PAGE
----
The legislature continued its historic shift in steering the state to the right during marathon law-making sessions this week, with bills that would change voting, reduce abortions and liberalize gun laws clearing important hurdles.
The legislature on Thursday night conquered "crossover," a self-imposed deadline for many bills to be passed by either the House or Senate in order to be alive through the 2012 session.
This week the House, with its Republican majority, has approved a measure requiring voters show photo identification at the polls and another that requires 24-hour waiting periods and ultrasounds for women seeking abortions. The Senate voted along party lines to eliminate straight-ticket voting. Legislators passed bills protecting property owners who fire at intruders, reducing penalties for firearm possession on school grounds, and allowing concealed-carry permit holders to have their guns at parks.
The GOP-controlled legislature has put its stamp on state policies since the legislative session started in January, but the volume of bills accentuated the change in direction from a legislature run by Democrats for most of the past century.
"It seems like every other bill on the calendar is a seismic shift in public policy," said Connie Wilson, a lobbyist and former Republican House member from Charlotte.
Last week, Republican Rep. Mark Hilton of Catawba County complimented the chamber's leadership on "one of the most conservative, pro-family legislative years I've ever seen."
House Speaker Thom Tillis on Thursday characterized the session as "business friendly." The legislature approved medical malpractice lawsuit changes that limit the noneconomic damages for patients, changed workers' compensation laws, cut taxes for businesses, and made other changes business groups backed.
"I think, of course, when you've been under a fairly liberal leadership for quite some time, anything we do will appear to be conservative, even if it is really centrist or right of center, just because of the reference point," the Mecklenburg Republican said.
The House and Senate hunkered down this week for hours of long meetings and floor debates on measures that would bring fundamental changes to the state. Crossover was supercharged this year, with the date pushed from the middle of the legislative session to near the end.
So it was crossover and a bit of end-of-session frenzy rolled into one.
Committee meetings started as early as 8 a.m. with some voting sessions running close to midnight. Some of the bills, such as the voter ID provision, were hotly argued. Others, including the change in workers' compensation , passed with bipartisan kudos.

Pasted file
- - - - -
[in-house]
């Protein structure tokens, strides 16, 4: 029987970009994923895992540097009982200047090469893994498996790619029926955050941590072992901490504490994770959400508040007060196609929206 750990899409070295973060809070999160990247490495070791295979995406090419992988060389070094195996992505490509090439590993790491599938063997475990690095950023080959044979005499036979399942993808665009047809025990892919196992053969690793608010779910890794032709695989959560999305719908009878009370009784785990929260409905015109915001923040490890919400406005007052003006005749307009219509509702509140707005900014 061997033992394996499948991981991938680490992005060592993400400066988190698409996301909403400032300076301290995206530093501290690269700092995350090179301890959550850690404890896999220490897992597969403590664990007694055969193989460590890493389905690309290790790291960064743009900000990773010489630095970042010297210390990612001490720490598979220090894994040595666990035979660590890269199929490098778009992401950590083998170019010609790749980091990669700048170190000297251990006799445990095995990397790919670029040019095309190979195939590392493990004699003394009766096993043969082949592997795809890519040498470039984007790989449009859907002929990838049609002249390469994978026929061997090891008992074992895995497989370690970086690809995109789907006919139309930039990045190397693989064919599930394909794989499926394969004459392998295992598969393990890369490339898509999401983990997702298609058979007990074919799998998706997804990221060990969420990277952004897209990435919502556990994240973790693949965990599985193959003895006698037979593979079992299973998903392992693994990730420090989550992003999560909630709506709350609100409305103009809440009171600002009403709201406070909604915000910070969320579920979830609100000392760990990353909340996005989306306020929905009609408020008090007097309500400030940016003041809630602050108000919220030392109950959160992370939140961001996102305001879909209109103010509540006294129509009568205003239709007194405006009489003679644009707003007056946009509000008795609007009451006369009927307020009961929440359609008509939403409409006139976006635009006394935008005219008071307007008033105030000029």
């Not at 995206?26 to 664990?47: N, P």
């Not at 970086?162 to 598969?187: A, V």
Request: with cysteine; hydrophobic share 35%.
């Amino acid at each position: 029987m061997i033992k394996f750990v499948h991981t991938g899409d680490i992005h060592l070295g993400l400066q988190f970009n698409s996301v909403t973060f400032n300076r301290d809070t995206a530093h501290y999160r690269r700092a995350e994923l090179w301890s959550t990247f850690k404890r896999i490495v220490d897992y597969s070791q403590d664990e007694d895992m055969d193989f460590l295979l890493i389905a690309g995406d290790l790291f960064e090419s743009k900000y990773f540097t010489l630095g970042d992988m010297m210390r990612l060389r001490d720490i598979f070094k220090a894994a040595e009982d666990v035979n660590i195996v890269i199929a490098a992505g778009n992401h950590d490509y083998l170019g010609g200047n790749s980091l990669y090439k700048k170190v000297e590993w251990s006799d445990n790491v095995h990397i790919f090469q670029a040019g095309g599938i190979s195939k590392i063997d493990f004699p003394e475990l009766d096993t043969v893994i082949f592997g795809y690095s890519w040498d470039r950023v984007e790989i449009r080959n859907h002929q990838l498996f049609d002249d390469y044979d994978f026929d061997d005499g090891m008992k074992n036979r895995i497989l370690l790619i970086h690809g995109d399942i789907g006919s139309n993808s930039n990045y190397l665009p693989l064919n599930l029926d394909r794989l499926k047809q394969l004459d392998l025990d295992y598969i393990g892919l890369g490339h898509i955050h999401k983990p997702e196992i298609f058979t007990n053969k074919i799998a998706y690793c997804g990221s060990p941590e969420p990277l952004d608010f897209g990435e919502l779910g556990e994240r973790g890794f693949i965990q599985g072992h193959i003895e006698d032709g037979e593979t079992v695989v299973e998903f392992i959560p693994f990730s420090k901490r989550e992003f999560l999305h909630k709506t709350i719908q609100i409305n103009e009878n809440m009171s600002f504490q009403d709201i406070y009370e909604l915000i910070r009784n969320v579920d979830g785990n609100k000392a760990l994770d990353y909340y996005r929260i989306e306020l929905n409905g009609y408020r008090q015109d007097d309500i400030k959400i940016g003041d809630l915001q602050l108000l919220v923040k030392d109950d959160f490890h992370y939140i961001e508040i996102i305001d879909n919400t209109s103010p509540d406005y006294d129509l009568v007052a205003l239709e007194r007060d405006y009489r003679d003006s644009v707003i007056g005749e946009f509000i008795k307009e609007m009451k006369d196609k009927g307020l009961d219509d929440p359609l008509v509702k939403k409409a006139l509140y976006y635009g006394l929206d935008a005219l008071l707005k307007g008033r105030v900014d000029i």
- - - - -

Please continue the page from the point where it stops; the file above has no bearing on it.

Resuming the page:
Not every issue was held until the deadline. The House approved an attempt to rein in the "pay to play" practice of awarding government contracts in exchange for campaign contributions last month, for example.
A quick start to the session helped space out the work but didn't prevent the crossover crush.
Setting a do-or-die date is the only way to manage the hundreds of bills filed each year, said Senate leader Phil Berger, an Eden Republican.
"If we expect to get out of here," he said, "we've got to have a deadline."
But Damon Circosta, executive director at the N.C. Center for Voter Education, said the changes to voter laws approved in the waning days didn't allow for full consideration.
A call for reform
"It's a bad way to make legislation," he said. Lawmakers could avoid cramming bills into a few days, Circosta said, by staggering deadlines for the different chambers or committees.
"It's a system that needs reforming," he said.
The legislature still has ways to pass bills they want, even if they don't meet the deadline. One of the most common is to take all the language out of a bill that has been approved in one chamber and insert new language. Often, the new language has nothing to do with the original bill.
The other strategy is to add a fee to a policy change and send it through a Finance Committee. Bills that have anything to do with money don't have to meet the crossover deadline.
Though the legislature has reshaped the state with new laws, some of its most contentious work remains for later this year.
Legislative leaders are talking about adjourning the main session next week, then coming back in mid-July for a special session to vote on redrawn legislative and congressional election maps. They're considering a second special session after redistricting to deal with some of the many proposed constitutional amendments legislators have suggested that deal with everything from same-sex marriage to state spending limits.
Not explicitly written into the schedule are override attempts of any bills Democratic Gov. Bev Perdue may veto. Perdue has a $19.7 billion budget legislators wrote that she does not like. She has until early next week to veto the budget, if she's going to do it.
Tillis said he wasn't worried that any Perdue vetoes would force the legislature to come back for override votes.
"We're not going to let the governor set our agenda," Tillis said, and he did not expect her to try.
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